Self-service at the Library

Mosio Picture

According to a 2010 article in Library Journal, “85 percent of libraries offer some sort of self-service, and that percentage goes up with the size of the population served.” The variety of self-service options include: self checkout, book and DVD vending machines, automated computer booking and online account access. The article also found that overall libraries and patrons are happy with self-service options, but as with anything there are some possible drawbacks.

Whether or not to embrace self-service, and what kinds of self-services to offer, is an individual decision for each library. Smaller libraries simply may not be able to justify the cost of some self-service options, while larger libraries may find that they recoup the costs quickly by freeing up staff for other tasks. Moving beyond cost, the most important factor to consider is overall customer service and support.

Online tools, such as library card registration, renewals and holds are relatively easy to implement, and provide customers with increased service. While they often are still able to take care of these tasks in person, they are also able to take care of them outside of library hours on their own schedule. Similarly, book and DVD vending machines offer patrons access to popular materials at all hours, without altering access to library services during normal business hours.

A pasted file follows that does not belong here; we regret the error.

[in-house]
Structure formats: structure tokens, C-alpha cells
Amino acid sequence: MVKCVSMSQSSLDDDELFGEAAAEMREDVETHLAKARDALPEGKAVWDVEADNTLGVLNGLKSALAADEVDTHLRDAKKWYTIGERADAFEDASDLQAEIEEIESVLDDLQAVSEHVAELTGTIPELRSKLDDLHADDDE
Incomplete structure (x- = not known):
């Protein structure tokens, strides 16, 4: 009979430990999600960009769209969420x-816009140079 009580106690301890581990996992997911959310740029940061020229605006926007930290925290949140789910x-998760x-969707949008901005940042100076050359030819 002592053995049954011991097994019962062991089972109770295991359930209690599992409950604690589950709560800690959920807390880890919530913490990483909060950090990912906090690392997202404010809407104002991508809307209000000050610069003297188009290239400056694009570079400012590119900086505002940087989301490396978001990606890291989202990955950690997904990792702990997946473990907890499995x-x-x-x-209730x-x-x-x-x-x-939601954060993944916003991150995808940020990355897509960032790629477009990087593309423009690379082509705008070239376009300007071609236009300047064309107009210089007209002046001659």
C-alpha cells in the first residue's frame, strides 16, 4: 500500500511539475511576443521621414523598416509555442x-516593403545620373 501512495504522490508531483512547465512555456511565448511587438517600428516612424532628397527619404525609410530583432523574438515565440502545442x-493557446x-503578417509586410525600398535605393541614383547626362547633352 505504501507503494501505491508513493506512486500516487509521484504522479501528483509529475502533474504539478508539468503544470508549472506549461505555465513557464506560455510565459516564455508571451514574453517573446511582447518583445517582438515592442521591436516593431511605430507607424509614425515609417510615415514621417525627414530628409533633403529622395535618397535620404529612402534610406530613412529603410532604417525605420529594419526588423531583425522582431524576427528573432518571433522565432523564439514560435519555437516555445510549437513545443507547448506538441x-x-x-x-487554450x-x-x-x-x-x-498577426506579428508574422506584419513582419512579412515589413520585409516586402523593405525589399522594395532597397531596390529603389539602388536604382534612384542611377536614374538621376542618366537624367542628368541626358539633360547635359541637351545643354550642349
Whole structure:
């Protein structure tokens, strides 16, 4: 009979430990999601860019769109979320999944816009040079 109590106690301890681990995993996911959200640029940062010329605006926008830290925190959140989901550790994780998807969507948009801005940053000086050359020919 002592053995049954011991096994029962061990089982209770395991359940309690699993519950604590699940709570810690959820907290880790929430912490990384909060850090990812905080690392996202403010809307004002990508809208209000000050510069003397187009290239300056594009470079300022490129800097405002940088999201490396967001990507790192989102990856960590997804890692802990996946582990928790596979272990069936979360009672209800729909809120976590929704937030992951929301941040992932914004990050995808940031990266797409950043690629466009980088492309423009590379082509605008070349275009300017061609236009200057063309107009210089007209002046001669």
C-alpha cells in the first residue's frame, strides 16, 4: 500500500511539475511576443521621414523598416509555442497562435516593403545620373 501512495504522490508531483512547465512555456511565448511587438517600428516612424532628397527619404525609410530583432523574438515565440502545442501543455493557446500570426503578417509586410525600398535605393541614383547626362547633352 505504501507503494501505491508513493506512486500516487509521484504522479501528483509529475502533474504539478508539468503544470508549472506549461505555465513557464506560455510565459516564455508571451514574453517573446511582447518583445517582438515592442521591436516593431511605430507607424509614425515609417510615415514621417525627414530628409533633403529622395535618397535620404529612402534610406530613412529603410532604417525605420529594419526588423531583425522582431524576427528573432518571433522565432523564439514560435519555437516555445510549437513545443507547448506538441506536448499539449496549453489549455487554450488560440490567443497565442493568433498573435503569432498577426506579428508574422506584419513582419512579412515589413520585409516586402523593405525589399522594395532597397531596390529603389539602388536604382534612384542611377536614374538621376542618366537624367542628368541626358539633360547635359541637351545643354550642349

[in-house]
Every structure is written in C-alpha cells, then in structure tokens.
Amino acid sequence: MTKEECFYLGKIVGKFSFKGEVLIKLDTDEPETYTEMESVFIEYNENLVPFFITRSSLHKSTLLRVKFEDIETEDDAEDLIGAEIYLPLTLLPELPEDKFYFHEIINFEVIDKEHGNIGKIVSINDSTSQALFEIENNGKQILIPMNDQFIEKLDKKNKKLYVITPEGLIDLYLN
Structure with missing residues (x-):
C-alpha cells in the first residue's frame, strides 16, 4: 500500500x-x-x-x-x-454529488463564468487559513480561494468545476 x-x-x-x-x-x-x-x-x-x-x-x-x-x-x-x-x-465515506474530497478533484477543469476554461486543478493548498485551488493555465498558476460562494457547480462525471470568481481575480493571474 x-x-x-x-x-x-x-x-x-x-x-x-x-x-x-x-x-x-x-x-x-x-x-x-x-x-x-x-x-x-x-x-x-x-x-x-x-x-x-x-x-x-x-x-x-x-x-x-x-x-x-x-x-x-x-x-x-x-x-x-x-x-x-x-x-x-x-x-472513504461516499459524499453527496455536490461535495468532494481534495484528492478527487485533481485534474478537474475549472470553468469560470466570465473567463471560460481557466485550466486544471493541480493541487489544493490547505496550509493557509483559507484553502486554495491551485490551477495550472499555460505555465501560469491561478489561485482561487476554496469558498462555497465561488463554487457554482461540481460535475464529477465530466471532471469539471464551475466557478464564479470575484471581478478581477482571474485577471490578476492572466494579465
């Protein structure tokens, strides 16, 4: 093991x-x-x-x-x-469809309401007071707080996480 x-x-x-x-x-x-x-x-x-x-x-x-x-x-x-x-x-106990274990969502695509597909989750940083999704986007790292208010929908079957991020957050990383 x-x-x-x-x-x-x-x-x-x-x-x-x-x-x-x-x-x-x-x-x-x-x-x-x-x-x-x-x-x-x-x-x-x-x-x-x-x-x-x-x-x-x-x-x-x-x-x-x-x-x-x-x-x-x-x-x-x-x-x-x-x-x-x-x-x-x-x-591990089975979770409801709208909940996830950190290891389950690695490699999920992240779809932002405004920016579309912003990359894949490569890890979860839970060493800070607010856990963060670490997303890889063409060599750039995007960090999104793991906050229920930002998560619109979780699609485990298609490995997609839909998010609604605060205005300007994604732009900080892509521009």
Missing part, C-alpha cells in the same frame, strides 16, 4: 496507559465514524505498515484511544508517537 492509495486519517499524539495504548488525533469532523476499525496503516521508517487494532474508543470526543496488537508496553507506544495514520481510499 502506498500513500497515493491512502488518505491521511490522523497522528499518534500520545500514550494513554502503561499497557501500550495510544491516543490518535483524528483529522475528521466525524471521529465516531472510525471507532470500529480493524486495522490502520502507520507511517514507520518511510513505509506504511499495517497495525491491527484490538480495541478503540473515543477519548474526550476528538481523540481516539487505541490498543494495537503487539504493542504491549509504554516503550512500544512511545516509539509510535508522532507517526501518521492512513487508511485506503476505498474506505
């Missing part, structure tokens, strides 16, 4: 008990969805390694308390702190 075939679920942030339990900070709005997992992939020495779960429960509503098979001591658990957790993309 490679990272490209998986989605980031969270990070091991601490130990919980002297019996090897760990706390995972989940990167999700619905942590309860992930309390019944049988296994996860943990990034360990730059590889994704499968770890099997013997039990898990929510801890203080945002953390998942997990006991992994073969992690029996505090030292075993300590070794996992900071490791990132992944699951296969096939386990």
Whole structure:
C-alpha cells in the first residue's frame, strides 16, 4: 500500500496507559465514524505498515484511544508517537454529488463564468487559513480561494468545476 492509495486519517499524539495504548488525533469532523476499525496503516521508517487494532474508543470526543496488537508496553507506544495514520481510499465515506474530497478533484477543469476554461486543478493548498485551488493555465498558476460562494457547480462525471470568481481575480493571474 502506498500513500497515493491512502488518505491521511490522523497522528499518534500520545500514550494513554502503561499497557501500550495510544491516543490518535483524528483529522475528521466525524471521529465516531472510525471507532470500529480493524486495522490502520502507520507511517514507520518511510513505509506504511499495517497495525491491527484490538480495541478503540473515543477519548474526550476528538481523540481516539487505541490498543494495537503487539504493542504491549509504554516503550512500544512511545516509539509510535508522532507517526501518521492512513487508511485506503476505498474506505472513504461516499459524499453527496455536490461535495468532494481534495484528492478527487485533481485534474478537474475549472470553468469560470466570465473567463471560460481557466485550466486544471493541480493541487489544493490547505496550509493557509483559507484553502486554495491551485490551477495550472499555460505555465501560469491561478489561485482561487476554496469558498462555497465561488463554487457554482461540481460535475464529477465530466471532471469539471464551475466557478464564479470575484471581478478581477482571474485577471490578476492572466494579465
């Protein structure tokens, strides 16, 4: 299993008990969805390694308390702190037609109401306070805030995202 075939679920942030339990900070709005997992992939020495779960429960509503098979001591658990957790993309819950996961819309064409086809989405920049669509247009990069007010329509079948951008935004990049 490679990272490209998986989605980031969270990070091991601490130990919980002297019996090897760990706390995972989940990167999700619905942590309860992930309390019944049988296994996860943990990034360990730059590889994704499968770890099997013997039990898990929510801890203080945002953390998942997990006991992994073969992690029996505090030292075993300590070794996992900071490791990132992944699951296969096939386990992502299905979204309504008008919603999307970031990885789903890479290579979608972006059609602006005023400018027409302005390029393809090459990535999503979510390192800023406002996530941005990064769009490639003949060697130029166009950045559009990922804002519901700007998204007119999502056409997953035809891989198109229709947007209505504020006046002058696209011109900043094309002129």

A tool like automated computer books frees librarians from the odious task of monitoring computer use and referring disputes. It frees up the time and energy of staff, and prevents them from having to engage with the public in a negative way.

Self-checkout can also free up staff time and streamline library services, but it can have the disadvantage of limiting face to face time between staff and patrons. One potential way of addressing this issue is to have staff available in other ways, such as meeting and greeting patrons as they enter the library, triaging requests and helping direct them to the Reference desk or library catalog stations.

When considering any library self-service option, it is important to remember there will be a learning curve for patrons. Training and advertising are key elements to a successful role out. Staff should be available to assist patrons with the transition and answer questions. A customer feedback system can be used to monitor success.

Published by Sabrina

Sabrina is a freelance writer and Librarian. She worked in academic librraies for over a decade and is now a Solo Librarian for a Special Library. When not writing or running a library, she enjoys knitting and photography.

Leave a comment

Your email address will not be published. Required fields are marked *